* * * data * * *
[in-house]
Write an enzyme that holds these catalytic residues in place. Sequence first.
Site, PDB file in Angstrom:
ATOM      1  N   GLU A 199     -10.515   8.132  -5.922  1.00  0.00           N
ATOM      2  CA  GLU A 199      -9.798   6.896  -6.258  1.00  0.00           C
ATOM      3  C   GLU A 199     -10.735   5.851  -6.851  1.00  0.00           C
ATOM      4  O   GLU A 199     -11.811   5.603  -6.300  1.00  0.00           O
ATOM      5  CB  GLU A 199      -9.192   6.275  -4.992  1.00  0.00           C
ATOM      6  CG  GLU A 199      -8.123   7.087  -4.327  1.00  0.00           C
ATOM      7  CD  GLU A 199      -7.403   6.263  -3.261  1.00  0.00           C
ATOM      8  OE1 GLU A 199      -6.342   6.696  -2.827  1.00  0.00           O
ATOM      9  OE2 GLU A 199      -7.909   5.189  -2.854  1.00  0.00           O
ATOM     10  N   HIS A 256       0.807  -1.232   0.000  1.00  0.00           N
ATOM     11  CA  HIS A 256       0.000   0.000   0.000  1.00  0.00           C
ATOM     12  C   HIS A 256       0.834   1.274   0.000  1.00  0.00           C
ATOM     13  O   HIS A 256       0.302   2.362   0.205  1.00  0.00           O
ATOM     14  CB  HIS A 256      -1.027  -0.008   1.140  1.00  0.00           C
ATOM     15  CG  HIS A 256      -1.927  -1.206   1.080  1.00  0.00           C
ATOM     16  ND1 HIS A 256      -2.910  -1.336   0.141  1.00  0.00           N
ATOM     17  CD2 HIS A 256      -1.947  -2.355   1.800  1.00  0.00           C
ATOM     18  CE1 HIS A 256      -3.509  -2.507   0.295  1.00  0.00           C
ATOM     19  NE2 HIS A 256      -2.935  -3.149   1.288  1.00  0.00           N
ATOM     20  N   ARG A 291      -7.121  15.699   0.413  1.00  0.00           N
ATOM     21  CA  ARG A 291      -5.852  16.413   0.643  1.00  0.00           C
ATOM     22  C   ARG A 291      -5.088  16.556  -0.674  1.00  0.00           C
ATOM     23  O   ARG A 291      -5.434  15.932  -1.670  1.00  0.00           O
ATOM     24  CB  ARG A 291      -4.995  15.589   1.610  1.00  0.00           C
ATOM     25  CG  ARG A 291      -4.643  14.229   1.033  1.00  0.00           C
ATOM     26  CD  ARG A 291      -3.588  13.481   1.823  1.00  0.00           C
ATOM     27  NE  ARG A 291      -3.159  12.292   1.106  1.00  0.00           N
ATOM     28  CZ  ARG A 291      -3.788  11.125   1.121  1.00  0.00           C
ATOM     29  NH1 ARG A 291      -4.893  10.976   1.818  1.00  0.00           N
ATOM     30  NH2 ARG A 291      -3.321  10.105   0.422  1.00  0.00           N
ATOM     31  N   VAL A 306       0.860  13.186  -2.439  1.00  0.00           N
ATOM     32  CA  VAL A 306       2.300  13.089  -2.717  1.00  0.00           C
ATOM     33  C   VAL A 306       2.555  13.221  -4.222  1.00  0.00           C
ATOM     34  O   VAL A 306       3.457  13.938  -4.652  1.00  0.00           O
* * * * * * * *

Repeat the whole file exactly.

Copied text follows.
[in-house]
Write an enzyme that holds these catalytic residues in place. Sequence first.
Site, PDB file in Angstrom:
ATOM      1  N   GLU A 199     -10.515   8.132  -5.922  1.00  0.00           N
ATOM      2  CA  GLU A 199      -9.798   6.896  -6.258  1.00  0.00           C
ATOM      3  C   GLU A 199     -10.735   5.851  -6.851  1.00  0.00           C
ATOM      4  O   GLU A 199     -11.811   5.603  -6.300  1.00  0.00           O
ATOM      5  CB  GLU A 199      -9.192   6.275  -4.992  1.00  0.00           C
ATOM      6  CG  GLU A 199      -8.123   7.087  -4.327  1.00  0.00           C
ATOM      7  CD  GLU A 199      -7.403   6.263  -3.261  1.00  0.00           C
ATOM      8  OE1 GLU A 199      -6.342   6.696  -2.827  1.00  0.00           O
ATOM      9  OE2 GLU A 199      -7.909   5.189  -2.854  1.00  0.00           O
ATOM     10  N   HIS A 256       0.807  -1.232   0.000  1.00  0.00           N
ATOM     11  CA  HIS A 256       0.000   0.000   0.000  1.00  0.00           C
ATOM     12  C   HIS A 256       0.834   1.274   0.000  1.00  0.00           C
ATOM     13  O   HIS A 256       0.302   2.362   0.205  1.00  0.00           O
ATOM     14  CB  HIS A 256      -1.027  -0.008   1.140  1.00  0.00           C
ATOM     15  CG  HIS A 256      -1.927  -1.206   1.080  1.00  0.00           C
ATOM     16  ND1 HIS A 256      -2.910  -1.336   0.141  1.00  0.00           N
ATOM     17  CD2 HIS A 256      -1.947  -2.355   1.800  1.00  0.00           C
ATOM     18  CE1 HIS A 256      -3.509  -2.507   0.295  1.00  0.00           C
ATOM     19  NE2 HIS A 256      -2.935  -3.149   1.288  1.00  0.00           N
ATOM     20  N   ARG A 291      -7.121  15.699   0.413  1.00  0.00           N
ATOM     21  CA  ARG A 291      -5.852  16.413   0.643  1.00  0.00           C
ATOM     22  C   ARG A 291      -5.088  16.556  -0.674  1.00  0.00           C
ATOM     23  O   ARG A 291      -5.434  15.932  -1.670  1.00  0.00           O
ATOM     24  CB  ARG A 291      -4.995  15.589   1.610  1.00  0.00           C
ATOM     25  CG  ARG A 291      -4.643  14.229   1.033  1.00  0.00           C
ATOM     26  CD  ARG A 291      -3.588  13.481   1.823  1.00  0.00           C
ATOM     27  NE  ARG A 291      -3.159  12.292   1.106  1.00  0.00           N
ATOM     28  CZ  ARG A 291      -3.788  11.125   1.121  1.00  0.00           C
ATOM     29  NH1 ARG A 291      -4.893  10.976   1.818  1.00  0.00           N
ATOM     30  NH2 ARG A 291      -3.321  10.105   0.422  1.00  0.00           N
ATOM     31  N   VAL A 306       0.860  13.186  -2.439  1.00  0.00           N
ATOM     32  CA  VAL A 306       2.300  13.089  -2.717  1.00  0.00           C
ATOM     33  C   VAL A 306       2.555  13.221  -4.222  1.00  0.00           C
ATOM     34  O   VAL A 306       3.457  13.938  -4.652  1.00  0.00           O